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Chicago Tribune

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Rep. Jeanne Ives, R-Wheaton, is a fiscally conservative straight-shooter who consistently fights unbalanced budgets and unaccountable spending. She's also about as wonky on policy as you'll find. Ives is endorsed.

 

Daily Herald

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Incumbent Republican Jeanne Ives, a former member of the Wheaton City Council who has served in the House since 2012, is both a fiscal and social conservative who doesn't hesitate to speak her mind and rattle cages -- sometimes on both sides of the aisle.

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This is a Must Read.

This article gets this political pandering bill Exactly Right. Political Gimmick. We need real property tax reform not carve outs for special groups of people. This bill would allow, wealthy veterans with homes worth $750,000 to receive tax breaks - shifting the levy onto poorer middle class families and businesses. None of these breaks are "means tested" - a progressive "Holy Grail."
Glad I voted NO - the only one to do so in the House.

Other Republicans spoke against the bill, but voted for it - afraid of political mail pieces. This is entirely what is wrong in Springfield. Meanwhile the sponsors will pander in the next election that they passed property tax reform bill, but the sponsor admitted on the House floor that the bill does not freeze taxes or ensure they will be lower.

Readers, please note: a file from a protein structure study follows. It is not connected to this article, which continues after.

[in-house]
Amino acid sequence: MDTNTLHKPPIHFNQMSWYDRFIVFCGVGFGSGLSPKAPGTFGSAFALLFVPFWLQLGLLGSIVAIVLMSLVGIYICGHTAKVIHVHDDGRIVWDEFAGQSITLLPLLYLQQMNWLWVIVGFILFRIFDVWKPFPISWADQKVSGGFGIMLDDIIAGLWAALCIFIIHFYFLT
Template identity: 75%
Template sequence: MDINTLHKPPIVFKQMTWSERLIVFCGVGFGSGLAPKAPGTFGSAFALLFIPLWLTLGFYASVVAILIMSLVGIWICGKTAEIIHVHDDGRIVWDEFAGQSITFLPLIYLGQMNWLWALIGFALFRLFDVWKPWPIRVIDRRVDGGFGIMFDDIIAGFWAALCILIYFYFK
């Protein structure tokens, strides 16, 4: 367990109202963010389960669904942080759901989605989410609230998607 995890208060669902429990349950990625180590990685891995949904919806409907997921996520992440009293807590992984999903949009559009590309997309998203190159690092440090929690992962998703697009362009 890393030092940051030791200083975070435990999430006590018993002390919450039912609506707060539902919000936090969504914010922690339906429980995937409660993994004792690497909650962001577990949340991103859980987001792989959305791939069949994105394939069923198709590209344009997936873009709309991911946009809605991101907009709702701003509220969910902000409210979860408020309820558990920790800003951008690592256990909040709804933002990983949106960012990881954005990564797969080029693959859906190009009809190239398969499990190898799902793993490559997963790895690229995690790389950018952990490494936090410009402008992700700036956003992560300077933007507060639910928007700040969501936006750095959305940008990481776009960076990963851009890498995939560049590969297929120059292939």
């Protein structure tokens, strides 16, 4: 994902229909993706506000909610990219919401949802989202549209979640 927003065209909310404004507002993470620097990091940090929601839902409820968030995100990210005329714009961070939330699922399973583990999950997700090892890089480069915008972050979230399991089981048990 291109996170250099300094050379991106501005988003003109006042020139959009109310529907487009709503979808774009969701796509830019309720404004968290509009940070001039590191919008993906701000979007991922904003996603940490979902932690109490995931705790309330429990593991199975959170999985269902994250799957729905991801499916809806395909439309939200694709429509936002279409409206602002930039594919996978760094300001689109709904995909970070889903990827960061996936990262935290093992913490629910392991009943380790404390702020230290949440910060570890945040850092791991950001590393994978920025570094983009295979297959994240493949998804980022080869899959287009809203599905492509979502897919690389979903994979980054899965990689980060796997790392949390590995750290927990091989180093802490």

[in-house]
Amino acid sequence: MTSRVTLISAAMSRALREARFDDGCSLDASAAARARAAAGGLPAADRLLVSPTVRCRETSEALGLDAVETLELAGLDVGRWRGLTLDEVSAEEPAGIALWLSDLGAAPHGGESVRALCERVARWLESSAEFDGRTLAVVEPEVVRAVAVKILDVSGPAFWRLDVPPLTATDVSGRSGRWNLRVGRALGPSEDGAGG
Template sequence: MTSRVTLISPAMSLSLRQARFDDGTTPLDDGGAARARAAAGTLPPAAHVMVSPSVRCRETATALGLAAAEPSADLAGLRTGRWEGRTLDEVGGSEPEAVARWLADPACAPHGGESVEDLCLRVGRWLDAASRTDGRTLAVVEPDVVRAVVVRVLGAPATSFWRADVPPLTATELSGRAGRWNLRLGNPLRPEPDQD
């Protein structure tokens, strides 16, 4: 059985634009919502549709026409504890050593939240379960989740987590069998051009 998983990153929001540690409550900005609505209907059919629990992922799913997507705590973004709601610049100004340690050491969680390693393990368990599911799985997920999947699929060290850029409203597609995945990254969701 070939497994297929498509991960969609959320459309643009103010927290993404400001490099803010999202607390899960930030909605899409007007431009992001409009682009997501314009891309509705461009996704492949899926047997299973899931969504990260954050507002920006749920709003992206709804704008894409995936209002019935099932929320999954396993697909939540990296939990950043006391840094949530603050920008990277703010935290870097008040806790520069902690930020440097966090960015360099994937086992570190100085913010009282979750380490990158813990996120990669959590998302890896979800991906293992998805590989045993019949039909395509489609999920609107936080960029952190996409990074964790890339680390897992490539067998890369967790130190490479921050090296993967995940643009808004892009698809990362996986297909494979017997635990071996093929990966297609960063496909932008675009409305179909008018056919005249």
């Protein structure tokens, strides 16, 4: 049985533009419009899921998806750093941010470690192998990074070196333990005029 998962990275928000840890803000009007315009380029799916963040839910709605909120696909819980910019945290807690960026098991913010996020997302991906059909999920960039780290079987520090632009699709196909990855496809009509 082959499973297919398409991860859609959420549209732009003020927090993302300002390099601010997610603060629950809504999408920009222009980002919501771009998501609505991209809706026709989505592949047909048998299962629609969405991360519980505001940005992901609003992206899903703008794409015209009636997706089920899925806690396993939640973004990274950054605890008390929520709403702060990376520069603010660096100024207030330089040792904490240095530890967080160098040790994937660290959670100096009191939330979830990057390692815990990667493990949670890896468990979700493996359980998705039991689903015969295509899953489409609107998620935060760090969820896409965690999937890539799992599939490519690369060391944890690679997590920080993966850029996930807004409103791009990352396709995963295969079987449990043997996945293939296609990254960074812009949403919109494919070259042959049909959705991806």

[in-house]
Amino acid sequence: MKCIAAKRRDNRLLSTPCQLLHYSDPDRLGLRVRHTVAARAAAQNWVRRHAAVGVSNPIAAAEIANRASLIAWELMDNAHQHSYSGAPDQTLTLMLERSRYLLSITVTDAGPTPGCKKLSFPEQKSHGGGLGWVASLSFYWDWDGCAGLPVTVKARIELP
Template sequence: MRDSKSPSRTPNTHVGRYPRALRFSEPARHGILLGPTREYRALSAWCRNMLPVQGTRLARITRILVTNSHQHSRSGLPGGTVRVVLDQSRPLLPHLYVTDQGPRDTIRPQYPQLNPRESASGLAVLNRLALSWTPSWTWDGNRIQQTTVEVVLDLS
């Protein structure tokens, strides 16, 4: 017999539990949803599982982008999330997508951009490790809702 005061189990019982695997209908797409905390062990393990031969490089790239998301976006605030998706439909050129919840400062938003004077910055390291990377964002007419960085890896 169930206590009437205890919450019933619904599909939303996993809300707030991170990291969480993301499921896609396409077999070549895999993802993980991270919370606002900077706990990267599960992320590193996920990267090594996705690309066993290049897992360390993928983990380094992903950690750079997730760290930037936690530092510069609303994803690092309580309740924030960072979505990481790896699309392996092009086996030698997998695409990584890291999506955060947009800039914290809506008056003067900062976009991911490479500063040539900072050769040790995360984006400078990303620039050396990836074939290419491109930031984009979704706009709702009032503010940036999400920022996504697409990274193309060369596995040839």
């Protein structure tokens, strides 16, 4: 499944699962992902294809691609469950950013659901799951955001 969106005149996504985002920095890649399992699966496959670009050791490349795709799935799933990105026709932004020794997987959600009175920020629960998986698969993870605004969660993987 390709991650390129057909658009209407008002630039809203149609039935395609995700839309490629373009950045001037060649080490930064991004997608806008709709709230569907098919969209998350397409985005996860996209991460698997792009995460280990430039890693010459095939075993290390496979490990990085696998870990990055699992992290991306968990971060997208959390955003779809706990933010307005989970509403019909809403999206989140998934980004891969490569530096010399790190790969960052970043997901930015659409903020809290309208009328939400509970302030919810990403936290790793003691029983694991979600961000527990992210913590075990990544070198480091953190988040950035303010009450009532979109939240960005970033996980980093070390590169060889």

Low Income Seniors need real and substantial relief from property tax burdens - so does everyone else. Veterans - and I am a veteran as is my husband and we have two children on Active Duty - already have enough of a tax break on taxes in Illinois - and they are not means tested.

You may view my interchange with the sponsor here: www.youtube.com/watch?v=DxMxakCVZdw

Here's what the IMA a business group said about it. "While residents will receive a break, this will shift their tax burden to commercial and industrial taxpayers resulting in a nearly 2 percent hike in property tax bills for employers." You can read more at this link: ima-net.org/springfield-highlights-april-7-2017/

It is a shift in burden - not a freeze or hard cap in property taxes.
From the IPI article linked below, Carol Portman, President of Illinois Taxpayer Federation, says this, “Essentially, it’s a shift of tax burden from one group onto another, and not necessarily a tax decrease, even for homeowners. The other exemptions will require additional tax rate increases, and the higher rates will hit all property owners, whether eligible for exemptions or not.”

www.illinoispolicy.org/fake-property-tax-relief-3-…/

Fake property tax relief: 3 reasons HB 156 fails taxpayers
Despite being sold as property tax “relief,” new legislation in Springfield would only shift property tax burdens on to certain taxpayers, while complicating an already confusing property tax system.
ILLIN.IS

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